For an organisation, like the UK state, which can borrow at record-low interest rates for decades on end, selling it off at a discount to secure a cash lump sum now is terrible financial management. It is as though they had decided borrowing to invest was a good thing, but they'd rather pay higher interest rates than they have to in order to keep it off the books. Surely not…

Photograph: Getty Images

Alex Hern is a technology reporter for the Guardian. He was formerly staff writer at the New Statesman. You should follow Alex on Twitter.

Getty Images.
Show Hide image

The government must demand that Iran release Nazanin Zaghari-Ratcliffe

Iran's imprisonment of my constituent breaches the Convention on the Rights of the Child.

I grew up with a very paranoid mother. She had tragically lost members of her family as a teenager and, as a result, she is extremely fearful when it came to her children. I used to laugh at her growing up – I indulged it but often scoffed at her constant need to hear from us.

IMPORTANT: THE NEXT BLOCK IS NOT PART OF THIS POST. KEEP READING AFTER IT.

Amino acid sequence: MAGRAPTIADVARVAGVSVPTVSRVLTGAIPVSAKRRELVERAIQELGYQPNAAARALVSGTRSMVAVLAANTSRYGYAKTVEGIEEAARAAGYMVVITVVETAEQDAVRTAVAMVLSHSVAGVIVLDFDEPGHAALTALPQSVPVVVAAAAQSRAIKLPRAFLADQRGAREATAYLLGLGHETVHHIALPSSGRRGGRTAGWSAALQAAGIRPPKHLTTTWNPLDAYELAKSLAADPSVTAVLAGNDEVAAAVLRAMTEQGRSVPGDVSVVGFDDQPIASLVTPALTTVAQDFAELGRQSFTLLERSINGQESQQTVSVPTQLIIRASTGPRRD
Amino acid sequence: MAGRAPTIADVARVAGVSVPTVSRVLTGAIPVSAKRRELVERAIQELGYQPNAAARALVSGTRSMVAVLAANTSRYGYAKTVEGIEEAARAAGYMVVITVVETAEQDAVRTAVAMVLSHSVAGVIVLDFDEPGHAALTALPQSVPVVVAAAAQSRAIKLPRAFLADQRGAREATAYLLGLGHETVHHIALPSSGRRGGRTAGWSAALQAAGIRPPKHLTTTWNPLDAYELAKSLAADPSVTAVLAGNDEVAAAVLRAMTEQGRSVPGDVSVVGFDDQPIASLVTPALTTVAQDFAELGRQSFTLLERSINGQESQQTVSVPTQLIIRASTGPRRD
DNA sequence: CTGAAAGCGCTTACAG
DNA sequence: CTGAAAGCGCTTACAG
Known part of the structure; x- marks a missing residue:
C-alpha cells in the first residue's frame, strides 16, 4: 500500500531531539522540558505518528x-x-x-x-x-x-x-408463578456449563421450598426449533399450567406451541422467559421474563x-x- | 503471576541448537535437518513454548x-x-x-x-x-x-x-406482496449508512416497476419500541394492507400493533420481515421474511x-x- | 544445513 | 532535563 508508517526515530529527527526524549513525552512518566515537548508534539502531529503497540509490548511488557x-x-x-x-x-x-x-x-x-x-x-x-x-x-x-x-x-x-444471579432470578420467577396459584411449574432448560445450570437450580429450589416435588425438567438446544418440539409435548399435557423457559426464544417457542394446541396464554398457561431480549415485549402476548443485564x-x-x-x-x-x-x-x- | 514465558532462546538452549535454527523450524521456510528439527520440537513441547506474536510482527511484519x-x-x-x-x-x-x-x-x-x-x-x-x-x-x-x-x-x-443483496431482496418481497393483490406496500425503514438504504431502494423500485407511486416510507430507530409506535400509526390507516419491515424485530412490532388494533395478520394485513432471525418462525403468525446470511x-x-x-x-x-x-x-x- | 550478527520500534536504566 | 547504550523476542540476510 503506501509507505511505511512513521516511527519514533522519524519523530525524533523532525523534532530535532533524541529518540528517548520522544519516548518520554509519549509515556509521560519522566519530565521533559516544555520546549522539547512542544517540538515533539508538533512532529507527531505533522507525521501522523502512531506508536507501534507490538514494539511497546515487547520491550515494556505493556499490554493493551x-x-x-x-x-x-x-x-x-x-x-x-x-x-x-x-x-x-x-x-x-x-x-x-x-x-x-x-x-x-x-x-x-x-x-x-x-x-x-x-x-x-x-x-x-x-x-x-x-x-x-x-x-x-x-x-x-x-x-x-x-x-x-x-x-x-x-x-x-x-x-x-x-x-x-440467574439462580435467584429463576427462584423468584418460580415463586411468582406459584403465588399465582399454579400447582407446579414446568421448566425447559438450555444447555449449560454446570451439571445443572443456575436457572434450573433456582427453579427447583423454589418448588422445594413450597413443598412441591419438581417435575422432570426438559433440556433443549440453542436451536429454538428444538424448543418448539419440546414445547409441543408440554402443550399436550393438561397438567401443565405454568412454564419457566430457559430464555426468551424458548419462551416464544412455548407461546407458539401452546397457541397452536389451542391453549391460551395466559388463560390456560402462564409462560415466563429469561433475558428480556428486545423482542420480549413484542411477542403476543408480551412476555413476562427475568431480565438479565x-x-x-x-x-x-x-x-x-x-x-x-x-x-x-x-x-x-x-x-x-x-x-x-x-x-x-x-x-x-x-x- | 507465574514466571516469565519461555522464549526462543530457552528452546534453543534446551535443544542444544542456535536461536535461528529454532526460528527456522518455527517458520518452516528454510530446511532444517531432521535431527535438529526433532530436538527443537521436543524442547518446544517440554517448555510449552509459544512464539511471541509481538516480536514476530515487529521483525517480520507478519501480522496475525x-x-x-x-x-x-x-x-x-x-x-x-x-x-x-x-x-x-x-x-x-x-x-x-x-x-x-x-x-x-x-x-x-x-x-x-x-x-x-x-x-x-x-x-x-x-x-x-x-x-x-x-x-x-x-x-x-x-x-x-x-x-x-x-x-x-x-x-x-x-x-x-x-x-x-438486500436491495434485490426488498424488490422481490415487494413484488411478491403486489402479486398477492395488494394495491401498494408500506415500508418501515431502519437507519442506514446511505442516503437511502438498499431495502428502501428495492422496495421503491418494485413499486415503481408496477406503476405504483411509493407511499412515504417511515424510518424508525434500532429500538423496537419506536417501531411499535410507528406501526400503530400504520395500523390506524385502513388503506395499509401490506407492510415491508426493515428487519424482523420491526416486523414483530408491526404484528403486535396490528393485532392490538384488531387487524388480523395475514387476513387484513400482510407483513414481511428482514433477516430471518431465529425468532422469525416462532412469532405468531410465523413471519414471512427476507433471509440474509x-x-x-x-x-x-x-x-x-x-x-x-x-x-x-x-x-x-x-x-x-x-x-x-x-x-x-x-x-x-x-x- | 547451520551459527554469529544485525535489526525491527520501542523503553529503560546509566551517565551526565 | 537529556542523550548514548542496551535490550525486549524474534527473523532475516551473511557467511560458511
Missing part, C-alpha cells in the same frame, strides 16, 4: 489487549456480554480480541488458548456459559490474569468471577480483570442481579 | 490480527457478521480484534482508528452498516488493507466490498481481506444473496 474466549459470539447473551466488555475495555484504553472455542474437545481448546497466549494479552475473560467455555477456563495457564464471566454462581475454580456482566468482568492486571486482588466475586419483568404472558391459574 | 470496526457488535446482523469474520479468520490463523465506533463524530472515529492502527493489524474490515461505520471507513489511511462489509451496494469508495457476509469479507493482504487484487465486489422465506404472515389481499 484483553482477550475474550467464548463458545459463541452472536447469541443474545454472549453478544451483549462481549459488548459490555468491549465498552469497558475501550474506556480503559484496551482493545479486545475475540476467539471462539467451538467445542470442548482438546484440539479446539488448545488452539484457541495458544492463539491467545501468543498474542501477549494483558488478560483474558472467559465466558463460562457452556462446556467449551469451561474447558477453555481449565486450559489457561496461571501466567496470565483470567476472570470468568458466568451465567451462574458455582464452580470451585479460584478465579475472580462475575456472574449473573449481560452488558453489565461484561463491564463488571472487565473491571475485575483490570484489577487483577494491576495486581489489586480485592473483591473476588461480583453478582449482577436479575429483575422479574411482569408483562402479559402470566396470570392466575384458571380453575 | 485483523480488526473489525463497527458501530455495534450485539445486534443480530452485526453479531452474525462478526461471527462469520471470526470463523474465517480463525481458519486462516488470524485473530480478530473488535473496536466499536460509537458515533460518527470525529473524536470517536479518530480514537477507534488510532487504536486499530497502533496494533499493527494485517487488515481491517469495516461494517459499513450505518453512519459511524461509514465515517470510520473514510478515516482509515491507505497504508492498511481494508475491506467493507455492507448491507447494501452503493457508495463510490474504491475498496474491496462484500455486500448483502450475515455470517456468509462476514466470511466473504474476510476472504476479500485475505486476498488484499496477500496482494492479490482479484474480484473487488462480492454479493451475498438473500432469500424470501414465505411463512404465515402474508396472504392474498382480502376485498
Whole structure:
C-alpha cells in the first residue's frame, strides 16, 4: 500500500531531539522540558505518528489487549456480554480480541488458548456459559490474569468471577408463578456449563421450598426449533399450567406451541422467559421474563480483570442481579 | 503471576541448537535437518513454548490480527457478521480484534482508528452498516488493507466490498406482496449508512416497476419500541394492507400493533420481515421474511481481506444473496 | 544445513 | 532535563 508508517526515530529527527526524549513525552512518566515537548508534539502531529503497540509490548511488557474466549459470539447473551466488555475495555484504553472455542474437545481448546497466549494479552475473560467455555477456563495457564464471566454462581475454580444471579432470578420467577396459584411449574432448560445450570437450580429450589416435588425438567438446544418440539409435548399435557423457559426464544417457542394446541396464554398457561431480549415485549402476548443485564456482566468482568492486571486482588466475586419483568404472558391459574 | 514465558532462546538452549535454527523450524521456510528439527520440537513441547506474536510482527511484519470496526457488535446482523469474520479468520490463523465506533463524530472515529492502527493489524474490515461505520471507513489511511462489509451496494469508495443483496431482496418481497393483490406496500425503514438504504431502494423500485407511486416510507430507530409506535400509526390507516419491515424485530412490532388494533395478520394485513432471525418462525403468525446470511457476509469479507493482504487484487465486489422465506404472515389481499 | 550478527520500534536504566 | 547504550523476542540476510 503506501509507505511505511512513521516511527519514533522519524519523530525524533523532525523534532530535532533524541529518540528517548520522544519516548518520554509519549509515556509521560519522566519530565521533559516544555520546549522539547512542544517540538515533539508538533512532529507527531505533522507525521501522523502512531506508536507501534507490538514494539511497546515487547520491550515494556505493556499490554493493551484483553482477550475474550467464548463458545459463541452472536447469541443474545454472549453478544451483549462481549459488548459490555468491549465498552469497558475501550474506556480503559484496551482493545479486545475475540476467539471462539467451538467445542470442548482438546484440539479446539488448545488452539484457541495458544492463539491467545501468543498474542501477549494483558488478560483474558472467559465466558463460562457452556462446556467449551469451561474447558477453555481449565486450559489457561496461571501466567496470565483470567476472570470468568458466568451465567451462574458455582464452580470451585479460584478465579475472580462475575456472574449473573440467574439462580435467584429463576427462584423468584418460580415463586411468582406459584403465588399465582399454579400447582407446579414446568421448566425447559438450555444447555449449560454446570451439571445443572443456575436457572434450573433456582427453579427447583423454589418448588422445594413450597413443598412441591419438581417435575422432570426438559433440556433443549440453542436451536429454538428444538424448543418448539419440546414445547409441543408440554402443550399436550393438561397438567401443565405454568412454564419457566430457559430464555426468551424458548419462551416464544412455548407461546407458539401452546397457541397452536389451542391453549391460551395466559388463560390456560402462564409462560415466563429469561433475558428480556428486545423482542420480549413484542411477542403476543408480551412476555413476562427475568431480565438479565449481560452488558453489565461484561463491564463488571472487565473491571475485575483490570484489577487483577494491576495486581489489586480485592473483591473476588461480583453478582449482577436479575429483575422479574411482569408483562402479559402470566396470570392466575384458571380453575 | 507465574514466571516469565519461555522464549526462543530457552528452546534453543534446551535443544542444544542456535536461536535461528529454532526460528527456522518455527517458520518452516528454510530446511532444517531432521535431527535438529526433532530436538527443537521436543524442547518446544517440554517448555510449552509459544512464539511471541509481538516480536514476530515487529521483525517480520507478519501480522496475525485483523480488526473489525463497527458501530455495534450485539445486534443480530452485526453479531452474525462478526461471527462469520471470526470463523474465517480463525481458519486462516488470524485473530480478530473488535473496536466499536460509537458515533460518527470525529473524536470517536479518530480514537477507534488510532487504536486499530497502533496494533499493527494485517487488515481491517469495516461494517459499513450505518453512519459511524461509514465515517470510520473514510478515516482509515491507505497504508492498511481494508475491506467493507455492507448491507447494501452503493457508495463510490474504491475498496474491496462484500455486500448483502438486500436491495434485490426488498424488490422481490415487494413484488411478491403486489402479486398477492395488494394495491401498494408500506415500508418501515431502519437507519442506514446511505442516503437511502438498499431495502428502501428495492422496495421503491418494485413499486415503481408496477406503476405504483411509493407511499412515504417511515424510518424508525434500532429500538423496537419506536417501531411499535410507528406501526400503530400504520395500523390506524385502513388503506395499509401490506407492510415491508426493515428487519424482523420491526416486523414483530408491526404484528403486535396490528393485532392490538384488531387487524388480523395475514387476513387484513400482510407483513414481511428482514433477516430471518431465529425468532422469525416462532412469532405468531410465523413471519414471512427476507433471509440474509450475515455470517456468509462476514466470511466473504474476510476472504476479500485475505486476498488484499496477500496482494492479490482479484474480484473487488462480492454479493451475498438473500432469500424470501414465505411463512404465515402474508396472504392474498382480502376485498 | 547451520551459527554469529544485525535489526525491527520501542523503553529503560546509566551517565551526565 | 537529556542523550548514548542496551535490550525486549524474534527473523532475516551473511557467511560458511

A few days ago, I was in Parliament as normal. My husband, his parents and our baby daughter were all in Parliament. This rare occasion had come about due to my mother in law’s birthday – I thought it would be a treat for her to lunch in the Mother of Parliaments!

The division bells rang half way through our meal and I left them to vote, grabbing my phone of the table. “See you in ten minutes!” I told them. I didn’t see them for more than five hours.

The minute the doors bolted and the Deputy Speaker announced that we were indefinitely being kept safe in the chamber, all I could think about was my daughter. In my heart of hearts, I knew she was safe. She was surrounded by people who loved her and would protect her even more ferociously than I ever could.

But try explaining that to a paranoid mother. Those five hours felt like an eternity. In my head, I imagined she was crying for me and that I couldn’t be there for her while the building we were in was under attack. In reality, I later found out she had been happily singing Twinkle Twinkle little star and showing off her latest crawl.

That sense of helplessness and desperate impatience is hard to describe. I counted down the minutes until I could see her, as my imagination ran away with me. In those 5 hours, I started thinking more and more about my constituent Nazanin Zaghari-Ratcliffe.

Here I was, temporarily locked in the Parliamentary chamber, surrounded by friends and colleagues and door keepers who were doing all they could to keep me safe. I knew I was going to be let out eventually and that I would be reunited with my daughter and husband within hours.